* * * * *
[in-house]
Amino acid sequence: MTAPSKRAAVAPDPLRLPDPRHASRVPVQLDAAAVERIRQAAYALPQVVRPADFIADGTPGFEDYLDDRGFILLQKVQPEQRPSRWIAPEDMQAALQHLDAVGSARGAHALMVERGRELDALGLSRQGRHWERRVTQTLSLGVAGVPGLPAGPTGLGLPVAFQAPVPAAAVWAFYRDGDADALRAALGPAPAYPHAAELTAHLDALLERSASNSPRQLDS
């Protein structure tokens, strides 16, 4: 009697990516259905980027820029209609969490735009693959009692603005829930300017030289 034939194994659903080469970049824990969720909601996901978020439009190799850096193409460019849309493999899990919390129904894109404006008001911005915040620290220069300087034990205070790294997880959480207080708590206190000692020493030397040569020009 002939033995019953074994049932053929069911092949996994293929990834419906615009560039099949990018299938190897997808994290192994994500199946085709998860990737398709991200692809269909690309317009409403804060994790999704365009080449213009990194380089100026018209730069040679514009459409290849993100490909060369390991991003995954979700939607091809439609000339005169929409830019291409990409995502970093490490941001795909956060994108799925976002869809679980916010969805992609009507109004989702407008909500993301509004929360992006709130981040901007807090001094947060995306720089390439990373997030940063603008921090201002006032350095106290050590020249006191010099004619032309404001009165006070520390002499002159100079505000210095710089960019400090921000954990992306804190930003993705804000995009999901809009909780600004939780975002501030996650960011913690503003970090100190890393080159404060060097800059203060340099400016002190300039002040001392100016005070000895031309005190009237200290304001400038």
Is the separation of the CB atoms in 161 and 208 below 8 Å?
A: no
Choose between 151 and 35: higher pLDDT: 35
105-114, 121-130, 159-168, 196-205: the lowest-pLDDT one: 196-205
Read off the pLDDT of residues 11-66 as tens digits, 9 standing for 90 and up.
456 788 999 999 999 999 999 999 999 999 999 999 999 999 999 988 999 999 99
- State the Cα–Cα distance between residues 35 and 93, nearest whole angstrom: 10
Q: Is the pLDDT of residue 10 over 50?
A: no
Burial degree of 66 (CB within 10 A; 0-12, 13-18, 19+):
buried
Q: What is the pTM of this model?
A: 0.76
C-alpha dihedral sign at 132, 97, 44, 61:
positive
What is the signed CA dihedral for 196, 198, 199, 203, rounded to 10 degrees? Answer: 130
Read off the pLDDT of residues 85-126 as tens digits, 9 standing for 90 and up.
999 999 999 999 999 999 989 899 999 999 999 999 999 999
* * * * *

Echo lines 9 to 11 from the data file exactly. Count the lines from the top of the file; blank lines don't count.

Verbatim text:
456 788 999 999 999 999 999 999 999 999 999 999 999 999 999 988 999 999 99
- State the Cα–Cα distance between residues 35 and 93, nearest whole angstrom: 10
Q: Is the pLDDT of residue 10 over 50?